United Airlines will close its Seattle “satellite” flight attendant base, marking the second time in less than a decade Seattle-based flight attendants have faced a base closure.
United Airlines Closes Seattle Flight Attendant Base…For A Second Time
Back in 2018, I wrote about United’s plan to add “satellite bases” in a handful of line stations. The concept made a lot of sense.
Let’s say a flight attendant lives in Phoenix right now due to lower housing costs but is San Francisco based. Currently, he must commute to SFO to start his trips–on his time and his dime. Even if this can be accomplished on a non-revenue/space available basis, it is fairly nerve-wracking to play the standby game…we passenger know that ourselves.
Under this new proposal, trips would start and end in Seattle, San Diego, Phoenix, or Orlando for these local FAs. The result would be few commutes and to United’s advantage, fewer overnight hotel expenses since these cities are highly served anyway.
The union was not sold on the idea due to seniority concerns, but United eventually implemented satellite bases in 2019 on a trial basis. Now, it has decided to close its Seattle satellite base.
In a memo to flight attendants reviewed by Live and Let’s Fly, John Slater, United’s Senior Vice President of Inflight Services, notes that the base did not measure up to financial expectations:
The financial benefits that support maintaining a satellite base are lost when we resort to costly decisions, such as recrewing a trip with flight attendants from other locations.
With the significant changes in our flying over the last year as a result of the COVID-19 pandemic, changes in hotel costs and increased expenses associated with the use of reserves to cover open flying from other bases [increased].
Based on these changes, we’ve made the difficult decision to close the SEA satellite base effective with the May 2021 schedule.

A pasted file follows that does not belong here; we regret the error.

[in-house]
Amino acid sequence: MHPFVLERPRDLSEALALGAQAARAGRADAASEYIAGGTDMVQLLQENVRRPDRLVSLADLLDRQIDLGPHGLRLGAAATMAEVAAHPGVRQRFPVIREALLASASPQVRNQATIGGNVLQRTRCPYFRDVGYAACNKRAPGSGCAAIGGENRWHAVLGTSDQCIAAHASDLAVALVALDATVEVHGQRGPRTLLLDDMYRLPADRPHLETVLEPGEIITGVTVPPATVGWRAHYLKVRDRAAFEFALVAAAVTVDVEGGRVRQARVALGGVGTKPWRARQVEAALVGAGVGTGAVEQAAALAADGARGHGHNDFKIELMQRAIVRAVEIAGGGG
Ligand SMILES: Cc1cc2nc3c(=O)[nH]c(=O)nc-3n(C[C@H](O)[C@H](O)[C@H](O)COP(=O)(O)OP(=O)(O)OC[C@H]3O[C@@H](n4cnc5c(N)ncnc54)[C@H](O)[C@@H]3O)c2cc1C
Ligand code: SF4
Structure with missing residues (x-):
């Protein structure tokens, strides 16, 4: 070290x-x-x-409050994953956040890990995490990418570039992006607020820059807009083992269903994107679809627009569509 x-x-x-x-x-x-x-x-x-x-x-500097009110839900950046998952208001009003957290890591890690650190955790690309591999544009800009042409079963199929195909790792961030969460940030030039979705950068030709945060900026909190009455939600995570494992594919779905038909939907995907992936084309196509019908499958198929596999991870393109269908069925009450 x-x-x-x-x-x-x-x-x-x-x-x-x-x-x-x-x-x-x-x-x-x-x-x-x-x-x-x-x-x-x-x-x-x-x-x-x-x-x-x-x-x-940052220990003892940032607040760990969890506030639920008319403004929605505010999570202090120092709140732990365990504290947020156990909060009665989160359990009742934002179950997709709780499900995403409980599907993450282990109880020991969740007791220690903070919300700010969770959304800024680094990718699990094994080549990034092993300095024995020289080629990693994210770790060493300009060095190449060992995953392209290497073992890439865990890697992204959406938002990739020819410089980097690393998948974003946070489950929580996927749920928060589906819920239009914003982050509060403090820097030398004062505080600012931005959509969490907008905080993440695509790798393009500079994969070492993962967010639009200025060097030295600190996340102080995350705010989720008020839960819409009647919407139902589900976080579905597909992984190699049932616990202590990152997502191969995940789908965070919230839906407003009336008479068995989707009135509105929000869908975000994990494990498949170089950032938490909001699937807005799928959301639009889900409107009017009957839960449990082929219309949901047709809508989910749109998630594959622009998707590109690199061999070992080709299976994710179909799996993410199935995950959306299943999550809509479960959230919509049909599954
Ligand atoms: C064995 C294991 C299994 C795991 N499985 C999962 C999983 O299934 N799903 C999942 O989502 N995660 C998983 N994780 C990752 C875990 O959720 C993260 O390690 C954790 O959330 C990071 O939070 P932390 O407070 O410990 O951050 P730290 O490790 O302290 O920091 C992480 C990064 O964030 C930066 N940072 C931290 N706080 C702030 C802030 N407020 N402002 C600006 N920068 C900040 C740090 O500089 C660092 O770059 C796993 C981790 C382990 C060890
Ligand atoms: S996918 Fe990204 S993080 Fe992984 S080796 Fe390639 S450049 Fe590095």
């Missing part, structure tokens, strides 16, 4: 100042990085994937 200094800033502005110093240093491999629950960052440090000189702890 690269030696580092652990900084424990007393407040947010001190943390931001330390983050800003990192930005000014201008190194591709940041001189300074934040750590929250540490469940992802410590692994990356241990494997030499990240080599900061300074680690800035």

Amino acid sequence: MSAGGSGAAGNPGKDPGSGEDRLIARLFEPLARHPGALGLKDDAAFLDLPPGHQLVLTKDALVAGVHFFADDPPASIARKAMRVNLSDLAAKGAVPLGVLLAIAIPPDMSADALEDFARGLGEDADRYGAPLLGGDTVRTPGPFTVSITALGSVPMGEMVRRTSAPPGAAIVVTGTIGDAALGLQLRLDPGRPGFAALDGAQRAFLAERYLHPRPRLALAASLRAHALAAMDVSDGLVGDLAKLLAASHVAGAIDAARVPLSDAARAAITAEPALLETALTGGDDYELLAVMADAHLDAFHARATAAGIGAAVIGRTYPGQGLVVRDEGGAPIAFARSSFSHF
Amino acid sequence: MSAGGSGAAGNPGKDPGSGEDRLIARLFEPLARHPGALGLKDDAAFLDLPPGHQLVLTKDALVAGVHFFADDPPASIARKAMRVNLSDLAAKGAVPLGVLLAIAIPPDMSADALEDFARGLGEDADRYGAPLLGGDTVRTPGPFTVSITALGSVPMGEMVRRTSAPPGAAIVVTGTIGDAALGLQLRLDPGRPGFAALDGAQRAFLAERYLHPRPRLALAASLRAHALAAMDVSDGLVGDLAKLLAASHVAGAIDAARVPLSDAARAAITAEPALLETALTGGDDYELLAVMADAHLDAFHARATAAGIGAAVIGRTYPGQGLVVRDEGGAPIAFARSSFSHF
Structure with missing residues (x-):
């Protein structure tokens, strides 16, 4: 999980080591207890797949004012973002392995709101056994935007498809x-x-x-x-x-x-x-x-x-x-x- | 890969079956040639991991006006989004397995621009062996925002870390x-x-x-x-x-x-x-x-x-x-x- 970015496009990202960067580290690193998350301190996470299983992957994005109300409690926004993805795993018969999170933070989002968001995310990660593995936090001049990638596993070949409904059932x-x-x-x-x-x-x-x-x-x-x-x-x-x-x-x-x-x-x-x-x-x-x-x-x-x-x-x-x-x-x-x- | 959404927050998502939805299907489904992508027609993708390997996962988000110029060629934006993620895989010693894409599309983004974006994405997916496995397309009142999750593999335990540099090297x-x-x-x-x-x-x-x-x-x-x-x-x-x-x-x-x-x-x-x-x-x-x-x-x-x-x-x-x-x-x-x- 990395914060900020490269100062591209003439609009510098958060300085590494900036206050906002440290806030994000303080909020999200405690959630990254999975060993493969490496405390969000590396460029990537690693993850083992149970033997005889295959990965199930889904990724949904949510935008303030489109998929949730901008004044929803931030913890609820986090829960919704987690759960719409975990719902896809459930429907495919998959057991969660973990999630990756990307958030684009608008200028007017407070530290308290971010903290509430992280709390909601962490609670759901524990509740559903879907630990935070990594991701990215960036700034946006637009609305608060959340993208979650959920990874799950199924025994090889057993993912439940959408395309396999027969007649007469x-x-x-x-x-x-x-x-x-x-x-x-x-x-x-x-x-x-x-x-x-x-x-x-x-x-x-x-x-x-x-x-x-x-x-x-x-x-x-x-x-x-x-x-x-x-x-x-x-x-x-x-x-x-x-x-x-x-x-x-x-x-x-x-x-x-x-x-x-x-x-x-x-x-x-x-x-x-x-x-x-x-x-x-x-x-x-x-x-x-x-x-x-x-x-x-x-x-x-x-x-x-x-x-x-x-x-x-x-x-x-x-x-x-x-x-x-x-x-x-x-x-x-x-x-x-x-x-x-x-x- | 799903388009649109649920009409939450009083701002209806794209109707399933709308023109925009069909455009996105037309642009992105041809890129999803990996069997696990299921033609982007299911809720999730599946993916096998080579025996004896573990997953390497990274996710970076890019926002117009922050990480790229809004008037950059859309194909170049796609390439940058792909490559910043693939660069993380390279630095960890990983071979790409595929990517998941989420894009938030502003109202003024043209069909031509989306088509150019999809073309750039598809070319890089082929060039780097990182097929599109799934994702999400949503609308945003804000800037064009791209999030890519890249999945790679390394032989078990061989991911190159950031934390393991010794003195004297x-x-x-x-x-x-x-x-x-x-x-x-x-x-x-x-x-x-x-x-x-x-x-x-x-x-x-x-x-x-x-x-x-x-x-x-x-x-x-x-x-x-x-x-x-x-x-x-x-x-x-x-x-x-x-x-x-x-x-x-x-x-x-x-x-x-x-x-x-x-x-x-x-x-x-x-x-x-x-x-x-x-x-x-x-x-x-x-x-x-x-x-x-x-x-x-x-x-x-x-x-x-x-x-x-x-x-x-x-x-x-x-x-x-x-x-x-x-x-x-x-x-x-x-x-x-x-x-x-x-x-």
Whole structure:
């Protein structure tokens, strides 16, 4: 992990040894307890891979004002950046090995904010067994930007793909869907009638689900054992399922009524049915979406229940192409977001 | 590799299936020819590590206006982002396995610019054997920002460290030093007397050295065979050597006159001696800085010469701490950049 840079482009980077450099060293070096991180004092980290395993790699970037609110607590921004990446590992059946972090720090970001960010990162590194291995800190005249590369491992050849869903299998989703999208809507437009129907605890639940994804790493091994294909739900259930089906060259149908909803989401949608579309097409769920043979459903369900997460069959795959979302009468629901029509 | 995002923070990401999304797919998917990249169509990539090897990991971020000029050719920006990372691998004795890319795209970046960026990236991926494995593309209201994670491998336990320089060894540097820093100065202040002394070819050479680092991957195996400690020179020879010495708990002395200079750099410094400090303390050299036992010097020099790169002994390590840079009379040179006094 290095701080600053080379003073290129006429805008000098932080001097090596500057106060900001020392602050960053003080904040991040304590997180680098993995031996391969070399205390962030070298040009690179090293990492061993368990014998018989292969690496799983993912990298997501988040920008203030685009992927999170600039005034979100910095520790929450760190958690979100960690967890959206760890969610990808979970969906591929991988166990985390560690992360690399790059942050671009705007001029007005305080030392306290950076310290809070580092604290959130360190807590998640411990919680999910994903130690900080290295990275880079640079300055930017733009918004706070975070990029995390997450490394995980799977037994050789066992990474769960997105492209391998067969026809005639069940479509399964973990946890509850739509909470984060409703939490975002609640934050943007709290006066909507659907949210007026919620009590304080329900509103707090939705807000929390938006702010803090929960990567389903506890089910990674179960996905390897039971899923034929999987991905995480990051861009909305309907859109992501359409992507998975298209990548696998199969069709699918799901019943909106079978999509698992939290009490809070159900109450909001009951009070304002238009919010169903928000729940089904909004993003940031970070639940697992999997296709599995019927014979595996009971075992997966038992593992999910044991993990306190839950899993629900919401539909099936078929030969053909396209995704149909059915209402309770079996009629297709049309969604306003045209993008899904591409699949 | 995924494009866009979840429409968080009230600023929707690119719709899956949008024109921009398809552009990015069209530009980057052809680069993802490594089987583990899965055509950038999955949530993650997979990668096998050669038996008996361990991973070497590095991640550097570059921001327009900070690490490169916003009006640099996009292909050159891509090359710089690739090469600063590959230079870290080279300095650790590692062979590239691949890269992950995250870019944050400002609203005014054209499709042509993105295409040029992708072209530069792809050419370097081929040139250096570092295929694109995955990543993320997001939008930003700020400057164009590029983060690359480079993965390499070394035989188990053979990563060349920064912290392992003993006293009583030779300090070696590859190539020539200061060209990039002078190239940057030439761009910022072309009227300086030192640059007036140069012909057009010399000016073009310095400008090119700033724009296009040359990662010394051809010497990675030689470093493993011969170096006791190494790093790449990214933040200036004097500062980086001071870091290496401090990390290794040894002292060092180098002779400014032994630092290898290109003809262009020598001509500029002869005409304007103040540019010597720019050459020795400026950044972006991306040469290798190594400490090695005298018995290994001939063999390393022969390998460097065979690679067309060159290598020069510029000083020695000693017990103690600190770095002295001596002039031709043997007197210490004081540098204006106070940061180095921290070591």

Slater also added:
When trips are not covered, and we must assign the open time to reserves from other bases, the savings originally created by opening that base drops considerably. In the case of [Seattle], operating costs exceeded the savings generated from keeping it open, producing an operating loss.
United has a contractural right to close these bases and Seattle-based flight attendants will return to their previously assigned bases.
Per Slater, there were not sufficient crew members available in the Seattle domicile, forcing United to bring in reserve crew from other bases at an even greater expense.
A Blast From The Past
Seattle used to be a transpacific gateway for United Airlines, with service to Tokyo Narita continuing as late as January 2014. Even before United acquired a handful of transpacific routes from PanAm, it launched service between Seattle and Narita in 1983 and later from Seattle to Hong Kong.
After acquiring PanAm transpacific routes in 1985, United was forced to give up its Seattle to Tokyo flight in 1989. Ironically, it was Continental Airlines who demanded it, claiming insufficient competition. Continental failed on the route, it was transferred to American Airlines in 1991, then AA flopped too.
Finally, United relaunched the route in 1998 using its classic UA875/876 flight numbers and utilizing Boeing 747-400s.
After United cancelled the route in 2014, the flight attendant base in Seattle was closed later in 2014.
United’s Seattle flight attendant base is closing down…for a second time. Even within an airline, the pandemic era has proven the perfect opportunity for consolidation.